I was recording a new BioChat (you should subscribe) recently with a professor at Harvard. We discussed gene therapy in passing for the disease he was studying, and one of the things that he brought up was the need to ensure that whatever therapy is designed has to be safe and effective. This of course is the promise and also the challenge of CRISPR-based research, in which the model is known but the targeting efficiency isn't where it needs to be in order to be of practical use in therapeutics. This is a big reason why the biomedical research world was abuzz with the recent announcement (and preprint) of a major discovery by scientists at the Broad Institute, where they characterized the mechanisms and the potential utility of a system similar to CRISPR in eukaryotes.
December is a month of holidays and celebration, but it is also a time to raise awareness for a global epidemic that has lasted over four decades. During World HIV/AIDS Awareness Month, health organizations, including the United States Department of Veteran Affairs, serve to remind everyone about the importance of getting tested, to remember those who succumbed to the disease, and to improve access to advanced therapies.
Since its first identification and description in 1981, medical advances have offered effective therapies to keep the virus at bay, and in some cases even completely cure a patient of the human immunodeficiency virus, or HIV, and to prevent it from becoming the acquired immunodeficiency syndrome, or AIDS, which is often catastrophic to the patient. Unfortunately, as of 2021 per the World Health Organization (WHO), there are still over 38 million people living with HIV, with approximately 1.5 million new infections and 650,000 HIV-related deaths. Much of this has to do with lack of education or proper infrastructure and often obstacles to accessibility for treatment and prevention. I hope to explore HIV with you during this month of awareness so we can do our part to mitigate this persistent epidemic.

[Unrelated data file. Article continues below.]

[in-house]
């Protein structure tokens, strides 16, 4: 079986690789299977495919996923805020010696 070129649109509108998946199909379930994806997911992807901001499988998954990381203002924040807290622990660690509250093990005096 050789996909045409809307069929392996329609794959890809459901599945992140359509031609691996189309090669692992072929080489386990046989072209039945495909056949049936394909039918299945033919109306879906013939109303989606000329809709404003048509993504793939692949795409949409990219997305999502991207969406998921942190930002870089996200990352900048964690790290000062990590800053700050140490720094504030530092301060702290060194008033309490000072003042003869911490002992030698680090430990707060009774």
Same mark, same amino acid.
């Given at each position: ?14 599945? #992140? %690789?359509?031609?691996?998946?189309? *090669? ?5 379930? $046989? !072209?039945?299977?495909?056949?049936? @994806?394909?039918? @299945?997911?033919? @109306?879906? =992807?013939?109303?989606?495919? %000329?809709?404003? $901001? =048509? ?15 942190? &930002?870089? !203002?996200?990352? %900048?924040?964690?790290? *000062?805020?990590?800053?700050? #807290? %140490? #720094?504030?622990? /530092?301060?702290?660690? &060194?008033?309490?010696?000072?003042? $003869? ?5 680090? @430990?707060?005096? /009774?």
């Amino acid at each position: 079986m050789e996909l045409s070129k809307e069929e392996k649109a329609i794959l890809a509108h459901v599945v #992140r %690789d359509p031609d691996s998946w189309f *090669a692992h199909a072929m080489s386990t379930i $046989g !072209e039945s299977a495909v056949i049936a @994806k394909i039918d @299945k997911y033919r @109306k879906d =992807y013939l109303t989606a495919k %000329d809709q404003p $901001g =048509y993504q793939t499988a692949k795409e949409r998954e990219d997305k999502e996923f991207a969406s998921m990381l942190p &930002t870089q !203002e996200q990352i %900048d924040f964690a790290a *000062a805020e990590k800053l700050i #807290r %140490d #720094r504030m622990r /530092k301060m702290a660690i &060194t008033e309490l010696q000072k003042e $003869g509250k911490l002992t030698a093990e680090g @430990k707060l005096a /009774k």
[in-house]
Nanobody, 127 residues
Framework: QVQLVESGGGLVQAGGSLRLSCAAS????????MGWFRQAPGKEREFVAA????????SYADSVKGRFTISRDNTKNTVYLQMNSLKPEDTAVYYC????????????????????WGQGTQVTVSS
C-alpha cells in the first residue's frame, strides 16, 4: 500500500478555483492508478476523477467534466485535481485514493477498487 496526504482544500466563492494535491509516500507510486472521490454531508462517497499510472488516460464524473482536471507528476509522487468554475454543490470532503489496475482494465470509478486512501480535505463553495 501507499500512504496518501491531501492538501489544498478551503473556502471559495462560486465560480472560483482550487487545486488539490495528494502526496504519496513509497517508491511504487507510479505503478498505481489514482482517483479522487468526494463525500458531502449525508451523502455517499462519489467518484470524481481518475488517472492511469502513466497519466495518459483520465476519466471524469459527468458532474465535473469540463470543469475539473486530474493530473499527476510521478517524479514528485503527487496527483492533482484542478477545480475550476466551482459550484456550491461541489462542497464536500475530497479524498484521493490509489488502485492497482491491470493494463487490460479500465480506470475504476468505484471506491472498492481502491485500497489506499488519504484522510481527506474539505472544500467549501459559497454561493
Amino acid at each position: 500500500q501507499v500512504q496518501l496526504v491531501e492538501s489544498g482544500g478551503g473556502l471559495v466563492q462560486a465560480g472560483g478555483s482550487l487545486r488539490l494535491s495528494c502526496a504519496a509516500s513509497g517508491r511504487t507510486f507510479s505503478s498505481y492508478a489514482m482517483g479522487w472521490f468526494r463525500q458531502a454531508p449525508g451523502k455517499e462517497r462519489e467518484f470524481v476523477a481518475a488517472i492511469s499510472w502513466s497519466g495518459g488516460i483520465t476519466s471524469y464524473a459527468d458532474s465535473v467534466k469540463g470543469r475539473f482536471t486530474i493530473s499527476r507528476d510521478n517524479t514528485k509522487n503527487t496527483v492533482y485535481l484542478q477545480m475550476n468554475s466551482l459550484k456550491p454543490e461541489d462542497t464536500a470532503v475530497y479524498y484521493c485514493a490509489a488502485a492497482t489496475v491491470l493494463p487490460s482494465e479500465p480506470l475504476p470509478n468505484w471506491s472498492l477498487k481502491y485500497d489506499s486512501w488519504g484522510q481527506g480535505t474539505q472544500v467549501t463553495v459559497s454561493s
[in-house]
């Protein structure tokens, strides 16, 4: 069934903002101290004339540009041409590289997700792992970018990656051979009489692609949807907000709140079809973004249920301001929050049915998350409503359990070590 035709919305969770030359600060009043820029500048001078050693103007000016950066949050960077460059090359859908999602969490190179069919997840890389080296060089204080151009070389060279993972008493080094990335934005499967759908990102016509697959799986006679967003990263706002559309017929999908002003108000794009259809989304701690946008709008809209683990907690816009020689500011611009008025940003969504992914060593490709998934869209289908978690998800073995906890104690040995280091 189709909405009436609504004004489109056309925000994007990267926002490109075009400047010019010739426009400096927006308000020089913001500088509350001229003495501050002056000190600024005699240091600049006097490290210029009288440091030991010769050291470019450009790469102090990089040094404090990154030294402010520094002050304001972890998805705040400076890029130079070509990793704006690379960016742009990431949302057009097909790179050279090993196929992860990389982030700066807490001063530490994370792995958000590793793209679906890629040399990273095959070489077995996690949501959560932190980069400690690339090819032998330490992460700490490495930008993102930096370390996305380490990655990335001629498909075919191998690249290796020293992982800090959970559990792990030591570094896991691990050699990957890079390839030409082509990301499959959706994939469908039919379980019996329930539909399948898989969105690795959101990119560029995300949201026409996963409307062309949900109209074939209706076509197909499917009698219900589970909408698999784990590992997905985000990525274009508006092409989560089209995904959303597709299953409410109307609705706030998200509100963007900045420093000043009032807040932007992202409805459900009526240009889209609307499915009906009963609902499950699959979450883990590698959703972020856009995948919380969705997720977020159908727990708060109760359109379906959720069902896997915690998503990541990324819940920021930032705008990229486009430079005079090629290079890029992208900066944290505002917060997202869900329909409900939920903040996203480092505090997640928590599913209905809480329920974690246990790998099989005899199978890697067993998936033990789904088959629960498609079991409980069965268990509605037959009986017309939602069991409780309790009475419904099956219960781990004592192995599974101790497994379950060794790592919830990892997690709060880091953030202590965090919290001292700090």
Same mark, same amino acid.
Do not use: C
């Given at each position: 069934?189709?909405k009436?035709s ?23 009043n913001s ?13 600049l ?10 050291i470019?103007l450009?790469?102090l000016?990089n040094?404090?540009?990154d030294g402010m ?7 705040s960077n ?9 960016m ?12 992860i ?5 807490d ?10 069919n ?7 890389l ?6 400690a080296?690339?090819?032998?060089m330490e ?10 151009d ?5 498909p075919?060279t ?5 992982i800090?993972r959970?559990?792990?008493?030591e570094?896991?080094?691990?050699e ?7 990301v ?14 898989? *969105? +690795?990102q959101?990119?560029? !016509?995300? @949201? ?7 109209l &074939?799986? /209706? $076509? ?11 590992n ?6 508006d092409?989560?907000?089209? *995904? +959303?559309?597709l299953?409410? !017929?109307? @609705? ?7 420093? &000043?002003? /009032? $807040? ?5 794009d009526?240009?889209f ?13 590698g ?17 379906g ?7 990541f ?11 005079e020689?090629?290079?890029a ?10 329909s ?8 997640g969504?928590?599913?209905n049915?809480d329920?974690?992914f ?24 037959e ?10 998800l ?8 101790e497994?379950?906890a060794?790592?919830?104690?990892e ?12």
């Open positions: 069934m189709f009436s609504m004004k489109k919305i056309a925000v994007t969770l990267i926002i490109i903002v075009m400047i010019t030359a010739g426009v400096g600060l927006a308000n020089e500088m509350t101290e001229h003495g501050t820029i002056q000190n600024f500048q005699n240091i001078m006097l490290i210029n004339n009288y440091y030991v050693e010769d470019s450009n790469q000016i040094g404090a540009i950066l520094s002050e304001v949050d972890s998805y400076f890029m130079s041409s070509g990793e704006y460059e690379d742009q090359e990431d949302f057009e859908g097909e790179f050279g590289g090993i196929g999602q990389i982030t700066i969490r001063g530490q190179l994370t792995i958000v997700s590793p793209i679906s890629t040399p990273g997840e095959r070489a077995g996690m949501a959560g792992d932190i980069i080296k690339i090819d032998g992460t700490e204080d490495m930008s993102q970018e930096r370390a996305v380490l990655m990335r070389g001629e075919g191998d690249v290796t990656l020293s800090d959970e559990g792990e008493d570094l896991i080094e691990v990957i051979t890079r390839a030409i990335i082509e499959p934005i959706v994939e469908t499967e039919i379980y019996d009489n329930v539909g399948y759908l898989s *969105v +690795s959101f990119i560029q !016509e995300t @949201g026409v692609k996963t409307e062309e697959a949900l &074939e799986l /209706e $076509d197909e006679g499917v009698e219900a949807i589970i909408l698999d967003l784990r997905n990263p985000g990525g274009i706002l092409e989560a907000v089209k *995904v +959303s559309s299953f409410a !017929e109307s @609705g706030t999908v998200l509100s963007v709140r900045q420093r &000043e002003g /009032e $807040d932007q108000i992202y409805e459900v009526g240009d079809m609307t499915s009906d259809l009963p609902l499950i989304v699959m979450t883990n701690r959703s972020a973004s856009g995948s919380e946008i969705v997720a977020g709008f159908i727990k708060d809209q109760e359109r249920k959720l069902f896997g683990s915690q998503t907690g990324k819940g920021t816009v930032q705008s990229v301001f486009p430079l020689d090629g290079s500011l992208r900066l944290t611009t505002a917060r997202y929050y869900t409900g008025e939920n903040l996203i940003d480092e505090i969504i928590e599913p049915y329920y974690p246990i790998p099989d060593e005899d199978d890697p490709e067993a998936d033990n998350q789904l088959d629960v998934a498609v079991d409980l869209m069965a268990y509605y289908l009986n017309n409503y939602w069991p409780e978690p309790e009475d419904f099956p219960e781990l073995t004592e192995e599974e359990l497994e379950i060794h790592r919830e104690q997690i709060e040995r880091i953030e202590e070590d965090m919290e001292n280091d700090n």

Since I’ve been living with it for as long as I can recall, I don’t consider my visual impairment a disability. Unlike the millions of people who require corrective lenses, though, my impairment is much more permanent and far less manageable, but it hasn’t prevented me from enjoying life and participating in physical activities. I thought I’d take this time to talk a bit more about most genetic disorders that affect vision, and what is being done to achieve a better understanding to try to reverse the vision loss.
Throughout the COVID-19 pandemic, I have been washing my hands with vigilance to prevent the spread of germs. As a result, the skin on my hands have become calloused on some parts and mostly dry, with cuts and slight bleeding on occasion. I thought this was inconvenient, but when I learned about children with a rare genetic skin disease, I stopped feeling sorry for myself and dug a bit deeper into their plight. After all, my skin issues are just due to excessive hand washing (which everyone should be doing anyway!); these poor kids have to live with this painful disease, known as dystrophic epidermolysis bullosa, for their entire lives.